Hello, good to see you. Today, we are going to compare two paintings – ‘Corridor’ by Irena Kononova and ‘Interior Strandgade 30’ by Vilhelm Hammershøi. Old meets new art.
Sometimes we detect in art something that reminds us of our own life. This happened to me with the open doors in Irena Konova’s and Vilhelm Hammershøi’s paintings.
I realised that I prefer to have the doors shut in our flat. Only when my daughter is in another room, do I like them to be open. How is it with you?
Opened and closed doors, two gestures. With them we can express our needs, for solitude or company. The two paintings from today tell us more about this. Let us take a look at them with the following questions.
- What do we see?
- What is the role of the opened door?
- Figures in the painting – what do they signify?
What do we see?
In Irena Kononova ‘s painting a corridor leads to an open door. Light comes in. It nearly seems as if the door opens for this light.
We also encounter opened doors in the painting by Vilhelm Hammershøi. This painting stems from 1901 and gives us an insight into a rather barren flat.
There are just a few pieces of furniture. All the more, the doors in the front room appear more dominant. In the room behind, we detect Hammershøi’s wife, Ida. She has turned her back towards us.
What is the role of the opened door?
What do the opened doors in Hammershøi’s painting do with us? Yes, they guide us through the flat, to a particular point. And the vertical planks on the floor support this. Together, they lead to Ida.
Opened doors as a guide, a guide to someone. Do we find this also in Irena Kononova’s painting? How does the open door appear here to you?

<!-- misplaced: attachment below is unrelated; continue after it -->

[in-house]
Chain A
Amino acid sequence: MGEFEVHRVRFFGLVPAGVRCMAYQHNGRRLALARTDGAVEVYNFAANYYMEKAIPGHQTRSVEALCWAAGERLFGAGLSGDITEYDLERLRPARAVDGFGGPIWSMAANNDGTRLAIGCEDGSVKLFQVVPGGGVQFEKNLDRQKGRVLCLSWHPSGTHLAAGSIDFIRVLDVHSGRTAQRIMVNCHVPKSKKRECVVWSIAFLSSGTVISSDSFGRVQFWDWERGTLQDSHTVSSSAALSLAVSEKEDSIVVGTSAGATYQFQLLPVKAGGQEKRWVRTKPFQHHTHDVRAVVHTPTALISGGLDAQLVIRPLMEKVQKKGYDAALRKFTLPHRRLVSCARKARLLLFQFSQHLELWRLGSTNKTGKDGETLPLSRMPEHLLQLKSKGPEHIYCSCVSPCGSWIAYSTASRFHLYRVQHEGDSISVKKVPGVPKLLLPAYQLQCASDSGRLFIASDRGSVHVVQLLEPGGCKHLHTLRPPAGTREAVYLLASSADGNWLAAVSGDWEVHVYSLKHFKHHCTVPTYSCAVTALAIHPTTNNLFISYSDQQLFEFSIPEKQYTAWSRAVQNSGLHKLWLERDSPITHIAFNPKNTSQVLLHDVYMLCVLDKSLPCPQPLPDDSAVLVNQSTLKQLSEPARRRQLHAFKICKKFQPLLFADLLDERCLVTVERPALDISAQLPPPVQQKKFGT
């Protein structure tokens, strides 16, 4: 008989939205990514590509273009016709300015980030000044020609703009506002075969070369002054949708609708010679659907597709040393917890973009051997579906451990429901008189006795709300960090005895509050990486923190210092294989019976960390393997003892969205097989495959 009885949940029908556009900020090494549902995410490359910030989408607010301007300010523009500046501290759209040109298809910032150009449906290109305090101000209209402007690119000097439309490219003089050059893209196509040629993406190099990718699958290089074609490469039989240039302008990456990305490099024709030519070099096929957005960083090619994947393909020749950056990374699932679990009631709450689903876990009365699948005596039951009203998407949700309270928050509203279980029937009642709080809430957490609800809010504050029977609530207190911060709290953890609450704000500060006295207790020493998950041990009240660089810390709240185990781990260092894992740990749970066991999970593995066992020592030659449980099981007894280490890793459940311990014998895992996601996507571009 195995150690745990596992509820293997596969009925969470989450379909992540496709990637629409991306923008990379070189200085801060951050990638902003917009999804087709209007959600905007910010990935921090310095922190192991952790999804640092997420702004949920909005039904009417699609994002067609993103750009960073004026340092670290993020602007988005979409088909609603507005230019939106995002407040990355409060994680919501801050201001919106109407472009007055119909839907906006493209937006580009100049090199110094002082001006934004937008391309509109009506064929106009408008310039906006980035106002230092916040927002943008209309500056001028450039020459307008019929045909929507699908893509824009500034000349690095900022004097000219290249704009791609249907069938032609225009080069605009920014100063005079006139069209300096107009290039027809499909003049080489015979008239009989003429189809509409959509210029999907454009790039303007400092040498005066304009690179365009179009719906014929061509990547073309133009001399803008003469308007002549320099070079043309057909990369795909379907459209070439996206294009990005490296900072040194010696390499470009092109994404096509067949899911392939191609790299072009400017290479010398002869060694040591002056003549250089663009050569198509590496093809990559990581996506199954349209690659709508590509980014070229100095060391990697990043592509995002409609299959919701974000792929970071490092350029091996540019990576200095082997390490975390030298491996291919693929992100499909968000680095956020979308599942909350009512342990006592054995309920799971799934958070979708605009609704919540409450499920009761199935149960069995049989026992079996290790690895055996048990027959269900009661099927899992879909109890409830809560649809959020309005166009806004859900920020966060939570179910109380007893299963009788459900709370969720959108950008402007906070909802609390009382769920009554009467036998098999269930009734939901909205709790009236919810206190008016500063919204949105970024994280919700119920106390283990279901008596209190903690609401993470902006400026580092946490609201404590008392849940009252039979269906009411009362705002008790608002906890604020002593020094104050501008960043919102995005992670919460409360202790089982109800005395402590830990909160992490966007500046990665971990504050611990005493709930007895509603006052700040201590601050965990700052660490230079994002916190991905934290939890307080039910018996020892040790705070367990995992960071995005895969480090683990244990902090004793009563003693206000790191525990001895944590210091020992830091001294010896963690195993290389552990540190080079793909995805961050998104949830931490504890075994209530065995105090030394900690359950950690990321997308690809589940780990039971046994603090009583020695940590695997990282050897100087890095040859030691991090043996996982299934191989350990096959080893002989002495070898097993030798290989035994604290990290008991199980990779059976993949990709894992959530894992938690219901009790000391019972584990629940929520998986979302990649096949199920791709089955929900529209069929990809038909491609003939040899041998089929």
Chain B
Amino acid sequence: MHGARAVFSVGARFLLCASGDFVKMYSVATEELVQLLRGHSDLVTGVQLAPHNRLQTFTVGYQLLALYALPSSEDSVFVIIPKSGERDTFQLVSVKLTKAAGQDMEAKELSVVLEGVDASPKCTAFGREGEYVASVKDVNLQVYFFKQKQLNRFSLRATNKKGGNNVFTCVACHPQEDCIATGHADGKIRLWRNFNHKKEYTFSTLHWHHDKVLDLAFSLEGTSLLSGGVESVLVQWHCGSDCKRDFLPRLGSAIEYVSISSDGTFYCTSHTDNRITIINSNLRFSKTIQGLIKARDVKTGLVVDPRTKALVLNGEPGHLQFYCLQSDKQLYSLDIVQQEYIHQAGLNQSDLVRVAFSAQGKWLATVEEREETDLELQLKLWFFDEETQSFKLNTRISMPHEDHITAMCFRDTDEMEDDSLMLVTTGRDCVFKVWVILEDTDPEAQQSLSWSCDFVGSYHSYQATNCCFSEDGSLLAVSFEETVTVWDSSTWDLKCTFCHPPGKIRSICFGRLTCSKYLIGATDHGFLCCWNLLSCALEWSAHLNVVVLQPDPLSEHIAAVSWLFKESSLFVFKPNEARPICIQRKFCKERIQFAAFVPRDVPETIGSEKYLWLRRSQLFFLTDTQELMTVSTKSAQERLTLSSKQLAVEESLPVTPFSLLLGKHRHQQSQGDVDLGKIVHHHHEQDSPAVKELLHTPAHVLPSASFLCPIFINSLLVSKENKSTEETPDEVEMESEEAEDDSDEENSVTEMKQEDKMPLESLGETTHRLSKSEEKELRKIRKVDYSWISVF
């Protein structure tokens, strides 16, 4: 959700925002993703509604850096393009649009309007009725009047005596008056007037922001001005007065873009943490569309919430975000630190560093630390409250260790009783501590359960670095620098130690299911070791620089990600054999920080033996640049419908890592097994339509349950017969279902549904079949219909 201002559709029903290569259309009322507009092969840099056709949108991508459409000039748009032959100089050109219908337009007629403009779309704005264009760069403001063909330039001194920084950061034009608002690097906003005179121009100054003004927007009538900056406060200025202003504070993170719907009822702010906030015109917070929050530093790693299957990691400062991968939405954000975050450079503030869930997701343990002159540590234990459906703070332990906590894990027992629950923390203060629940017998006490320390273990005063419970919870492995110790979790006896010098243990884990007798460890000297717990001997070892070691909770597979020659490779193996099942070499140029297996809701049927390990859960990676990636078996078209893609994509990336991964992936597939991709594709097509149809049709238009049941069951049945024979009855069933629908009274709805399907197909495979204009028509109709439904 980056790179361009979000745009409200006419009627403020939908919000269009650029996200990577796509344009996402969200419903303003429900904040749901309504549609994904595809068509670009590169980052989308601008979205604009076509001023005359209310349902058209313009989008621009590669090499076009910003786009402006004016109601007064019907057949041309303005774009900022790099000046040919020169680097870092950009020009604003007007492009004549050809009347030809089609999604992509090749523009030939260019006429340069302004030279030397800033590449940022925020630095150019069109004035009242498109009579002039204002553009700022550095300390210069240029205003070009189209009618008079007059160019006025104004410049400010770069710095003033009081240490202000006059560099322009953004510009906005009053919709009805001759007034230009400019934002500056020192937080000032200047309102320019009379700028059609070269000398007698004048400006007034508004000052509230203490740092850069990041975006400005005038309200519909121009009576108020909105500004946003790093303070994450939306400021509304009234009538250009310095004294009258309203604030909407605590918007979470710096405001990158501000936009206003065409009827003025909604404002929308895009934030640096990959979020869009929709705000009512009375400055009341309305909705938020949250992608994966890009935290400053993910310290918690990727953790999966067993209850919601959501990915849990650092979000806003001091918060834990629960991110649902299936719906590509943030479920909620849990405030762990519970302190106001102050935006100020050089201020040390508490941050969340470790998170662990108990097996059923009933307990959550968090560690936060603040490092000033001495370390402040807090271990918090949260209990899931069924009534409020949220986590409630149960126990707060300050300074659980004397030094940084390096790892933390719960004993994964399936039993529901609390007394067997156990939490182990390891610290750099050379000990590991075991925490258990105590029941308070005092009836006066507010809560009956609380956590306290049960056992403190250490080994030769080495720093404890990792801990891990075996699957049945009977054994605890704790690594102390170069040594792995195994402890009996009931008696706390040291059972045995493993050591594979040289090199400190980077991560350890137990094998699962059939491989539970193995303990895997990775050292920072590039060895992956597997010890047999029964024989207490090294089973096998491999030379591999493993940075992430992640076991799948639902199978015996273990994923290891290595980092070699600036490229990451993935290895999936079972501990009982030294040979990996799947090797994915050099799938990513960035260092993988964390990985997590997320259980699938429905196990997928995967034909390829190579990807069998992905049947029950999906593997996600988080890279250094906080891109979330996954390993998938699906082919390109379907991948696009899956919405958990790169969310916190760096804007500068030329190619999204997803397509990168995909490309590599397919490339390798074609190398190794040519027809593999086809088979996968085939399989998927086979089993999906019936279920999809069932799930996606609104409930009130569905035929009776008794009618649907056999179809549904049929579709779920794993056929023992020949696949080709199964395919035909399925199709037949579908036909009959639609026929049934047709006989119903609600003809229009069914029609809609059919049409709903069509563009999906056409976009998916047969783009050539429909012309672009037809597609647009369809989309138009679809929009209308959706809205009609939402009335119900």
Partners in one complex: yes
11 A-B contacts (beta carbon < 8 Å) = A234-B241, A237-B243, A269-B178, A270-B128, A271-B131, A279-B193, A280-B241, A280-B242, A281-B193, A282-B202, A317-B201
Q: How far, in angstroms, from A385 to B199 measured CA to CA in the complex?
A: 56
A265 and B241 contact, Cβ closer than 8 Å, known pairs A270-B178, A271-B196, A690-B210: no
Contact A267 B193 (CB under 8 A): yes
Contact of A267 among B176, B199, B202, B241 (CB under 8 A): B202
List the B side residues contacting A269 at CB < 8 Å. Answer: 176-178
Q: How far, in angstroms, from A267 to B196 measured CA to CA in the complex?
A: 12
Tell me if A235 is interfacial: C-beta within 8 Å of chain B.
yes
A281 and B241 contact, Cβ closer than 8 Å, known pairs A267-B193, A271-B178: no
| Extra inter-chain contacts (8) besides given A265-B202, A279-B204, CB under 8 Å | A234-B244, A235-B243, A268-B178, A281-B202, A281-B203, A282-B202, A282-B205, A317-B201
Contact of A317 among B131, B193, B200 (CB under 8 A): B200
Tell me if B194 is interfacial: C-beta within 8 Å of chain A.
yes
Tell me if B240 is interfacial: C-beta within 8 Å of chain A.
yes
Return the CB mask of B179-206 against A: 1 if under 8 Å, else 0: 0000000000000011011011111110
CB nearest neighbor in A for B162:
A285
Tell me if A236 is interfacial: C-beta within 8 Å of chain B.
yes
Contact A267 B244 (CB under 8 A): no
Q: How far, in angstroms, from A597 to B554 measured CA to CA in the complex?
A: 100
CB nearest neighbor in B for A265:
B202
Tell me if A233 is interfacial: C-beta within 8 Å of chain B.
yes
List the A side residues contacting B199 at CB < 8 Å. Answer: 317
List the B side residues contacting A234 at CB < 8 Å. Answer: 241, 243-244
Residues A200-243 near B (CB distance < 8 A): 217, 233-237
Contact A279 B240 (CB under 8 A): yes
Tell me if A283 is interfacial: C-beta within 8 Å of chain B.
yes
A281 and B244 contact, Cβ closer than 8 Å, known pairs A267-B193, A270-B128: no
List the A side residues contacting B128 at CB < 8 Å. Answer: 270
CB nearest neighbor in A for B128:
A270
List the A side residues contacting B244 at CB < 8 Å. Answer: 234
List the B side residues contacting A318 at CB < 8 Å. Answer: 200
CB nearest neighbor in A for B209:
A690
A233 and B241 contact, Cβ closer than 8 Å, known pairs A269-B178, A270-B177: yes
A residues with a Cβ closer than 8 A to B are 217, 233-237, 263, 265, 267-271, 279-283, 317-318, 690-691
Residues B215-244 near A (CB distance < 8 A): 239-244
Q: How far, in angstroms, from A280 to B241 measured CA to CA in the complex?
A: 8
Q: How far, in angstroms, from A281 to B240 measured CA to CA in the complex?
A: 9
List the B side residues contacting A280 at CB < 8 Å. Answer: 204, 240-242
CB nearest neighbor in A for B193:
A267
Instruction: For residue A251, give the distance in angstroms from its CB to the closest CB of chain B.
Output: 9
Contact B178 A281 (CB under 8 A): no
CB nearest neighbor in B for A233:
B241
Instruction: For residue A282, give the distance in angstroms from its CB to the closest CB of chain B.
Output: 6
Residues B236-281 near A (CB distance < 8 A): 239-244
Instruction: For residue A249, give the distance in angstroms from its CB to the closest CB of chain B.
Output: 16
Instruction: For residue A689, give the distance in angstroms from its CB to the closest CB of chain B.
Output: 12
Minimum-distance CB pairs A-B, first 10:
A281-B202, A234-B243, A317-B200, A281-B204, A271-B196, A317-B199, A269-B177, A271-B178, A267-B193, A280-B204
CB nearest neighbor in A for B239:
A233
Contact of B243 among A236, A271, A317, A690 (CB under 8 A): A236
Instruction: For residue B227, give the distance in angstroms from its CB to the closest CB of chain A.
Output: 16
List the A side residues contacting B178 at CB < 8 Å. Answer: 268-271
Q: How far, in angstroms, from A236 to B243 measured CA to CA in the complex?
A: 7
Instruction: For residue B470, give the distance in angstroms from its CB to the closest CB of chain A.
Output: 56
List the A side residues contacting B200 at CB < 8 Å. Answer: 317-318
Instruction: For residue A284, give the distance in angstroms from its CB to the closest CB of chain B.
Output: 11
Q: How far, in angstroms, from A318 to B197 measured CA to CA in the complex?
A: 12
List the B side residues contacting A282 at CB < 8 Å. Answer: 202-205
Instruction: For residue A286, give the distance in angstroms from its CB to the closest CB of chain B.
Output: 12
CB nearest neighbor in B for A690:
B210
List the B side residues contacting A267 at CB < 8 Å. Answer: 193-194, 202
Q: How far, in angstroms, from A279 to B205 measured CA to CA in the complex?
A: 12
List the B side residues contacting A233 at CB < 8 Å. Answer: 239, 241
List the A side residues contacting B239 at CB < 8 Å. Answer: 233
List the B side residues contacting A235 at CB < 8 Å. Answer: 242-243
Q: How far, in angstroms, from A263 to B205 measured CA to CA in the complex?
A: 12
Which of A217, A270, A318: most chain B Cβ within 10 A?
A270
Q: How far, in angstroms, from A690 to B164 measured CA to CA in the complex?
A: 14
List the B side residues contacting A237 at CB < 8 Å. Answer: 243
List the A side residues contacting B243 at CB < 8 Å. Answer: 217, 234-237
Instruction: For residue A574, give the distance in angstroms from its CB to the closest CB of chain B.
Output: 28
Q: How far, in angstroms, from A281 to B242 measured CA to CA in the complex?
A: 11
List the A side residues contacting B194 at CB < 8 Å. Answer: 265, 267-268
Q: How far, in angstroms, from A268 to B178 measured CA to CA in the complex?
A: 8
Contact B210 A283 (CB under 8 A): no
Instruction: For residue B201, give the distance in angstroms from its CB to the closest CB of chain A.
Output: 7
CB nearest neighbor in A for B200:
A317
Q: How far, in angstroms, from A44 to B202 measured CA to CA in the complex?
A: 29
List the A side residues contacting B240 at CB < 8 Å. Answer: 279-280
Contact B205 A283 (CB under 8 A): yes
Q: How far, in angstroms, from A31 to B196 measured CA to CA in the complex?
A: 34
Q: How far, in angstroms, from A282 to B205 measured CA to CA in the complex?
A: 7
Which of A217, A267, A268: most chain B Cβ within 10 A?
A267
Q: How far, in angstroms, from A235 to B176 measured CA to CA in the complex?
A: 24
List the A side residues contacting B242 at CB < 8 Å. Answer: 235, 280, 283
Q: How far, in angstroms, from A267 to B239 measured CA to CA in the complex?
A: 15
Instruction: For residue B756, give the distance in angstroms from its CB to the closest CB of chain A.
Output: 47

At first, I thought the door leads us to the outside, to the source of the warm light. But then, could it not also be the other way around? Someone from the outside is guided to us. The door is open and someone can enter. Just as the light has already entered.
Figures in the painting – what do they signify?
An open door is an invitation to go to someone. As for example to Hammershøi’s wife Ida or to us in real life when we leave the door open in our flat.
Because we see Hammershøi’s wife in the painting, we know where we have to go to with our eyes. With Irena Kononova’s painting it is different, no one is there. And that is why we as viewers are not only the visitors. We are also those whom the visitor could meet when coming into the door.
With or without figures, these two paintings remind us of what an open door implies:
‘You want to come into my life, the door is open. You want to get out of my life, the door is open. Just one request. Don’t stand in the door, you’re blocking the traffic’ (Unknown)